After I came home six years ago and started to teach and conduct researches with the Malaysian students, I then saw it happened all over again. I watched how the students failed to read books and journal articles thus failed to understand it. Yes, they could do the calculations, but without reading the storytelling written in the materials, they could never have the proper understanding which without it, they could never produce anything good enough, worthy enough to provide the country with innovations required in establishing the much spoken sustainable economy.
Since it was not even an option for them not to understand, my research students went through the hardship of sleepless night of reading back the basics and took appreciably longer time to graduate. At my end, it took me to be besides them for appreciable hours revising all over again the basics of mathematics and science to the extent I read and explained to them words by words in my attempt to impart the skills of independent learning in them.
None of this would be necessary if our students were made guilty to skip the storytelling of the books, not encouraged to focus only on the simplistic lecture notes and not trained to go straight to the examples and drilled themselves with it for the sake of exams, as soon they stepped into the university. Instead, they would have understood the knowledge and produced worthy scientific output as well as innovations much quicker. In the world that is exponentially changing; to be quick but legit is the most important virtue of a person and a society. With my students, after all the hardships, we finally succeeded in producing engineering software that is equivalent to the foreign ones. Almost 200 unit have been sold at less than quarter the price of the foreign ones. Such an achievement only highlights the capability of Malaysian in being innovative and economically competitive, provided that we are accomplished by proper learning process.
Therefore, the recovery from our present malady would have been quickened by PPSMI but since it has been abolished, let its spirit come alive in our universities. The spirit of PPSMI is about making domestic changes, it is about domestic mass production of local world-class scientists and their scientific and innovative products. We send about ten per cent of our best brains to overseas but the rest remain. While the lucky ten per cent have the luxury of listening to the lecture of professors which knowledge bear their name, the remaining ninety per cent must resort to books for better understanding and they have to read them alone. The spirit of PPSMI is about allowing those that remain in the country to read their books lonely but quickly.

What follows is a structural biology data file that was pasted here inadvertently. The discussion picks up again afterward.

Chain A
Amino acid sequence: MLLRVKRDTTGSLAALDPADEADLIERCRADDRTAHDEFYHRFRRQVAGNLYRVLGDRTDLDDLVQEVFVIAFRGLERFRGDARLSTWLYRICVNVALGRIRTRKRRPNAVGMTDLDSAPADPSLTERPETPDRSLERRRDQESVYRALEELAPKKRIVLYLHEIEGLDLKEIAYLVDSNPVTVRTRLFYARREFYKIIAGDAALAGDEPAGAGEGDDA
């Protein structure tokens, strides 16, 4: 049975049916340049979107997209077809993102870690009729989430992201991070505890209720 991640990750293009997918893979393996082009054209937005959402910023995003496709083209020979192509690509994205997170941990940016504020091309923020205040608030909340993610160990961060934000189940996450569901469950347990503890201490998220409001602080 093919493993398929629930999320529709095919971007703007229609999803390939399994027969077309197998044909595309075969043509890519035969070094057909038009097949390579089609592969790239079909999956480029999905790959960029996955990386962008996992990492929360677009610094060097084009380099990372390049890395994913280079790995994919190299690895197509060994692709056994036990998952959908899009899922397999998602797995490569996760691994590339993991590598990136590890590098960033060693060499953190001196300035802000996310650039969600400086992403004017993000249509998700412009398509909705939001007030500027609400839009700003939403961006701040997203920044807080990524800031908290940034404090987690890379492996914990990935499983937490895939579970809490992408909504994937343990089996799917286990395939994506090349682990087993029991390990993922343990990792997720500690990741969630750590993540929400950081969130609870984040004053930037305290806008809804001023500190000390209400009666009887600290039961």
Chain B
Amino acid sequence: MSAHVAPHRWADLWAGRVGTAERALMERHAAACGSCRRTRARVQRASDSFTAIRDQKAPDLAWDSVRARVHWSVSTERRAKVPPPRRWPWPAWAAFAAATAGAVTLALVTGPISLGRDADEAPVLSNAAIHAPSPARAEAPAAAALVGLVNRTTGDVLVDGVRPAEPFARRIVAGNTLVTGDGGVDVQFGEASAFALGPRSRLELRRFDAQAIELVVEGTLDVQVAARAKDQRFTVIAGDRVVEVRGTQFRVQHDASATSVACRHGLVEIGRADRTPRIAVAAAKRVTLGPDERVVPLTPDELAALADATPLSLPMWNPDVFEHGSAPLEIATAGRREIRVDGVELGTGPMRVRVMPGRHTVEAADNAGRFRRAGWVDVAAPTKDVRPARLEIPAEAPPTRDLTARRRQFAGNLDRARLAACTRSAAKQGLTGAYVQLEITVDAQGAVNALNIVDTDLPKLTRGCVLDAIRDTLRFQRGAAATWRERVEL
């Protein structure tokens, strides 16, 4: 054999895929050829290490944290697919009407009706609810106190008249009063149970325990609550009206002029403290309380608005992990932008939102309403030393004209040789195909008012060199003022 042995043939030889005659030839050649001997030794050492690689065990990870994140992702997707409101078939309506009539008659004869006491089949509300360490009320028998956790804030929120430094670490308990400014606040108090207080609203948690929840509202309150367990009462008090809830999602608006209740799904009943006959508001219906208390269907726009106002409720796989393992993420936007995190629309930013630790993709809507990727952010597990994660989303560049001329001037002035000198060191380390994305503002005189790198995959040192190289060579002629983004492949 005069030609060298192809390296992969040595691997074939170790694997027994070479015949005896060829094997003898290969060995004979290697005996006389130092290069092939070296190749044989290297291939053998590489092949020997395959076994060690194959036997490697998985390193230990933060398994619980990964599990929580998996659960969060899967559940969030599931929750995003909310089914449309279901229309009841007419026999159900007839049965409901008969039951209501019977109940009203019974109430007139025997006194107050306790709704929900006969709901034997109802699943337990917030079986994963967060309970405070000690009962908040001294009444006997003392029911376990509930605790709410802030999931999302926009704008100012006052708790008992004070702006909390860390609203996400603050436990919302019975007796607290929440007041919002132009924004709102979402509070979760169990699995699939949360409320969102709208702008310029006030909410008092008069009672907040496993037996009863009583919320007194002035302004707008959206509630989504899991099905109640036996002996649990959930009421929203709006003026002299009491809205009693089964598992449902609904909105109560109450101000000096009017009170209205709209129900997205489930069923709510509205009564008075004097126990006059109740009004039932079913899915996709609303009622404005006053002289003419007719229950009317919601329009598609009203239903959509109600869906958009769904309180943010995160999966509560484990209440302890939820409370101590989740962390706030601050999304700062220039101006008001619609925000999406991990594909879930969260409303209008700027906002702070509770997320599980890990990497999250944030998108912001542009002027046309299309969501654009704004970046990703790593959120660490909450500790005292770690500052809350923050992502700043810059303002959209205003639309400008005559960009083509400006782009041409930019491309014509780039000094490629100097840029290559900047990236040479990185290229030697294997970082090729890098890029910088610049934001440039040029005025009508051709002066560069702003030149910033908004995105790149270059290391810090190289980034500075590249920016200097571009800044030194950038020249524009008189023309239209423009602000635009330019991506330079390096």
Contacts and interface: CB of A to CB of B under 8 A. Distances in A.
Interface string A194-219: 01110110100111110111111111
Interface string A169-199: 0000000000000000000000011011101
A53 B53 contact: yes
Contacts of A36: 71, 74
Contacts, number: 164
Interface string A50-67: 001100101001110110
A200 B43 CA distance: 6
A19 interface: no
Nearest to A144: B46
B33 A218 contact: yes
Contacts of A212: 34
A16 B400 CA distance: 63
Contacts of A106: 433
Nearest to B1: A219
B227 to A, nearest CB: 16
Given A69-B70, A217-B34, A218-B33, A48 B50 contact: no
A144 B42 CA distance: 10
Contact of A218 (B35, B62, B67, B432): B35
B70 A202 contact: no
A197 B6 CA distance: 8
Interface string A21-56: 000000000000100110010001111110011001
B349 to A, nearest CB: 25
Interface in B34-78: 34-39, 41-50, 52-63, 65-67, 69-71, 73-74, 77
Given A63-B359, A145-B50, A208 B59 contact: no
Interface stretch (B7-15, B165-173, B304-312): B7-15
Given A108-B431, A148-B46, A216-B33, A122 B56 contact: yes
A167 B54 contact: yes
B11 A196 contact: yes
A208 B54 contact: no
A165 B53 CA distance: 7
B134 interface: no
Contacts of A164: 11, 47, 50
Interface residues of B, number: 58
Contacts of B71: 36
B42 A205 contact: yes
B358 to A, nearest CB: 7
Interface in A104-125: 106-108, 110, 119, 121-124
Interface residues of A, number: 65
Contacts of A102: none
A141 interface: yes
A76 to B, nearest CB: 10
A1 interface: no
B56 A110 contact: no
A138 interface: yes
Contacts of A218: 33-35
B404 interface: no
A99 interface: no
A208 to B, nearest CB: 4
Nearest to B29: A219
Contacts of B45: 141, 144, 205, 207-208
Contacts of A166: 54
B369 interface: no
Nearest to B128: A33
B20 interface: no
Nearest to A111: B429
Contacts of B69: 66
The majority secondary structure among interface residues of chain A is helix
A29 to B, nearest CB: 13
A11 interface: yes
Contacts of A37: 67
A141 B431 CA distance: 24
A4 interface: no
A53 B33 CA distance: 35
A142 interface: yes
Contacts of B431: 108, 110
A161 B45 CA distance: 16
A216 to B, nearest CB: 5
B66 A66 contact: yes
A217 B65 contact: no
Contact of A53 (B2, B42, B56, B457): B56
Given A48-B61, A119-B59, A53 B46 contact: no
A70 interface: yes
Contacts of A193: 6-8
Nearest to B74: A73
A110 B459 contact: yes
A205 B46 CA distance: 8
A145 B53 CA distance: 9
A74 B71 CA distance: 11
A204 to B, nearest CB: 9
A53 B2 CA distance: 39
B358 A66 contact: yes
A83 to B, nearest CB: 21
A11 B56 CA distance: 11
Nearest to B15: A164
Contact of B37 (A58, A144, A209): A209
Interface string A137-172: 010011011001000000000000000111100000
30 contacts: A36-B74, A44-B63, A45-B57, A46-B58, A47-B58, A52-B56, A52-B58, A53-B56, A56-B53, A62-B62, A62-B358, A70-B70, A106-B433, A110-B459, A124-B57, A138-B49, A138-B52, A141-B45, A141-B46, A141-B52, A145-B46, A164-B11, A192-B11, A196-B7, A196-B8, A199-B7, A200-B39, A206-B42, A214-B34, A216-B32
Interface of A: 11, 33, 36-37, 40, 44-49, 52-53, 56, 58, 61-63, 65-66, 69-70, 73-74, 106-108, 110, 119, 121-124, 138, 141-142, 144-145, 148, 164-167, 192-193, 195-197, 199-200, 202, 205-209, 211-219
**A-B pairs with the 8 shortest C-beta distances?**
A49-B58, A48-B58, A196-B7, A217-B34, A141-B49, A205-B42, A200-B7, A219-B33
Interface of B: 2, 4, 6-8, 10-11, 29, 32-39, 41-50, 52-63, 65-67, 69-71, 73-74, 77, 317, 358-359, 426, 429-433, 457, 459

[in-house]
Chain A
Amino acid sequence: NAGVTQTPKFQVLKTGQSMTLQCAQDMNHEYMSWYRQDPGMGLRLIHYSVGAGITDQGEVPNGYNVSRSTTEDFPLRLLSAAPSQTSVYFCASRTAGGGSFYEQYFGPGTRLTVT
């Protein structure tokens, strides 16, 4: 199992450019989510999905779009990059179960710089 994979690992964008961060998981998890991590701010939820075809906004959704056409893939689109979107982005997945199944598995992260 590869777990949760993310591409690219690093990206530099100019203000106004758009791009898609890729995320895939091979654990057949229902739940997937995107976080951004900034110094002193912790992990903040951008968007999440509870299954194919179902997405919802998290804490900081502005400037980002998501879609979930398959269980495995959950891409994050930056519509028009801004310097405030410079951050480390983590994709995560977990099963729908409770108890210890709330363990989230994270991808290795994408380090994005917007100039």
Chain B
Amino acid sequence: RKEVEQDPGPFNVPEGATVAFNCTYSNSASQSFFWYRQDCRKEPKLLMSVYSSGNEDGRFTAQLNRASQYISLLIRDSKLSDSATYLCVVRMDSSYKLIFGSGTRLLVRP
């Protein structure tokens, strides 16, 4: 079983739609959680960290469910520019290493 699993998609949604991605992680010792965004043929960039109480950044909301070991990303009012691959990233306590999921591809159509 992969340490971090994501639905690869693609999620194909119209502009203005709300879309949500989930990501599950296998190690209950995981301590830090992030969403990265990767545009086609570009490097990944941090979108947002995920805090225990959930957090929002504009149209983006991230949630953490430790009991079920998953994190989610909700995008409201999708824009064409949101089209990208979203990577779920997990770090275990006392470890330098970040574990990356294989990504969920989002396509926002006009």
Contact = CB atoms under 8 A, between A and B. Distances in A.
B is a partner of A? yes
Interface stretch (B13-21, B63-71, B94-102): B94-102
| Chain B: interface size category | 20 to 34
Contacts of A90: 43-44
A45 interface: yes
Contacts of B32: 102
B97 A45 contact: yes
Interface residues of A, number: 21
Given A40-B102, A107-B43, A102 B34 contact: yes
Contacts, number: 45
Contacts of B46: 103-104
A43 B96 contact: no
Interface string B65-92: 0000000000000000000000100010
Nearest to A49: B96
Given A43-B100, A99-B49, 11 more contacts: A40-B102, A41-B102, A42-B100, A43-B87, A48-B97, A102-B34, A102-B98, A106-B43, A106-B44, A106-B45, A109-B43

Thus, the spirit of PPSMI is about the new strategy, a special recipe injected after the strategy of sending and awaiting those sent to overseas to come back has brought us to a stagnant state (if not lagged) due to the fact that those around us have picked up a greater pace and momentum. They don’t call IT Revolution and Information Boom for nothing. While others are speeding up, the spirit of PPSMI should have been the reason for us to have a chance at overtaking those already ahead of us.
I therefore hope that this compromise of letting PPSMI be bygone and its spirit come to alive in our universities will be well accepted even by those fought for the abolishment. I hope they will not against it by positing the same old argument asking why the Japanese, the Mainland Chinese, the Koreans and other English non-speaking countries like Germany are using their mother tongue at their universities.
The people of these advanced societies are in the positioned of using their own language because, as many have not realized, they were in the same pedestal with the English speaking people in pioneering the modern mathematics and sciences.
How can we put the Japanese and us in the same pedestal when they have constructed their warplane, the Zero, independently during the 30's and 40's at time our forefathers still fishing with the net in the Selat Melaka? They had Shimura-Taniyama conjecture in the 50's, the conjecture used to proof Fermat's Last Theorem, to stress my point.
And if we look at the mainland Chinese, they have flocked into Cambridge and Oxford as early as the 19th century, leave alone their 5000 years old civilization and the Koreans, being sandwiched by these two great nations would then be influenced by them both culturally and intellectually.